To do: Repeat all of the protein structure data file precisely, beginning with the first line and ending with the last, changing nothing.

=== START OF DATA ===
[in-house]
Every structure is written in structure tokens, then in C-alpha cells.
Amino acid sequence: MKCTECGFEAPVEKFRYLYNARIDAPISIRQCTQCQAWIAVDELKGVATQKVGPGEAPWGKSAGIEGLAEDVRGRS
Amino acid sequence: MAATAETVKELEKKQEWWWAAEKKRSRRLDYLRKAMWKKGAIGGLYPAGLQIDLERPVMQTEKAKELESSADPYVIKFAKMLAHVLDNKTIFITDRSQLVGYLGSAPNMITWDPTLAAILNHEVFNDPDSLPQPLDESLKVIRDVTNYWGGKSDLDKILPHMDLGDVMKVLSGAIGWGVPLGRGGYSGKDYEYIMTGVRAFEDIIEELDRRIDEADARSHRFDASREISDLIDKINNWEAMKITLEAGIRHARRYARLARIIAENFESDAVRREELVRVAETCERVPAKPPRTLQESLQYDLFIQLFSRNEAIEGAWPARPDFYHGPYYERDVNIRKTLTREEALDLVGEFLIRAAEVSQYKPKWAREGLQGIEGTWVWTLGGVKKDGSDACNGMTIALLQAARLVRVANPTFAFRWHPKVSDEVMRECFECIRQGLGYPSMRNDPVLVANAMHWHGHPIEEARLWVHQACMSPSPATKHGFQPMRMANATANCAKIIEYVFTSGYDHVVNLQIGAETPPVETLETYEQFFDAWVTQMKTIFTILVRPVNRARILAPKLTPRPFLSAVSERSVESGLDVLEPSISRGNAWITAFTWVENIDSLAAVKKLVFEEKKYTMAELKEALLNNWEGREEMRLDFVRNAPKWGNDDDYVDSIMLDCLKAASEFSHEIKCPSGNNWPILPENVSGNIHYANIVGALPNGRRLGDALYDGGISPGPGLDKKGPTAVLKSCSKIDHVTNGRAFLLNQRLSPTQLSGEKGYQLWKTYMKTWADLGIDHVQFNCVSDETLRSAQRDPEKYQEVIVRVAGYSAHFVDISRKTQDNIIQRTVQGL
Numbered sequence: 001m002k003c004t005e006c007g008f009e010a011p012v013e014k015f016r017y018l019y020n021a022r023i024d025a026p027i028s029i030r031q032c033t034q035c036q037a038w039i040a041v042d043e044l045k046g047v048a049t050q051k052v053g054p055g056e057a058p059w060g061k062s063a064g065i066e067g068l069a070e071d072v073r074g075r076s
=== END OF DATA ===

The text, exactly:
[in-house]
Every structure is written in structure tokens, then in C-alpha cells.
Amino acid sequence: MKCTECGFEAPVEKFRYLYNARIDAPISIRQCTQCQAWIAVDELKGVATQKVGPGEAPWGKSAGIEGLAEDVRGRS
Amino acid sequence: MAATAETVKELEKKQEWWWAAEKKRSRRLDYLRKAMWKKGAIGGLYPAGLQIDLERPVMQTEKAKELESSADPYVIKFAKMLAHVLDNKTIFITDRSQLVGYLGSAPNMITWDPTLAAILNHEVFNDPDSLPQPLDESLKVIRDVTNYWGGKSDLDKILPHMDLGDVMKVLSGAIGWGVPLGRGGYSGKDYEYIMTGVRAFEDIIEELDRRIDEADARSHRFDASREISDLIDKINNWEAMKITLEAGIRHARRYARLARIIAENFESDAVRREELVRVAETCERVPAKPPRTLQESLQYDLFIQLFSRNEAIEGAWPARPDFYHGPYYERDVNIRKTLTREEALDLVGEFLIRAAEVSQYKPKWAREGLQGIEGTWVWTLGGVKKDGSDACNGMTIALLQAARLVRVANPTFAFRWHPKVSDEVMRECFECIRQGLGYPSMRNDPVLVANAMHWHGHPIEEARLWVHQACMSPSPATKHGFQPMRMANATANCAKIIEYVFTSGYDHVVNLQIGAETPPVETLETYEQFFDAWVTQMKTIFTILVRPVNRARILAPKLTPRPFLSAVSERSVESGLDVLEPSISRGNAWITAFTWVENIDSLAAVKKLVFEEKKYTMAELKEALLNNWEGREEMRLDFVRNAPKWGNDDDYVDSIMLDCLKAASEFSHEIKCPSGNNWPILPENVSGNIHYANIVGALPNGRRLGDALYDGGISPGPGLDKKGPTAVLKSCSKIDHVTNGRAFLLNQRLSPTQLSGEKGYQLWKTYMKTWADLGIDHVQFNCVSDETLRSAQRDPEKYQEVIVRVAGYSAHFVDISRKTQDNIIQRTVQGL
Numbered sequence: 001m002k003c004t005e006c007g008f009e010a011p012v013e014k015f016r017y018l019y020n021a022r023i024d025a026p027i028s029i030r031q032c033t034q035c036q037a038w039i040a041v042d043e044l045k046g047v048a049t050q051k052v053g054p055g056e057a058p059w060g061k062s063a064g065i066e067g068l069a070e071d072v073r074g075r076s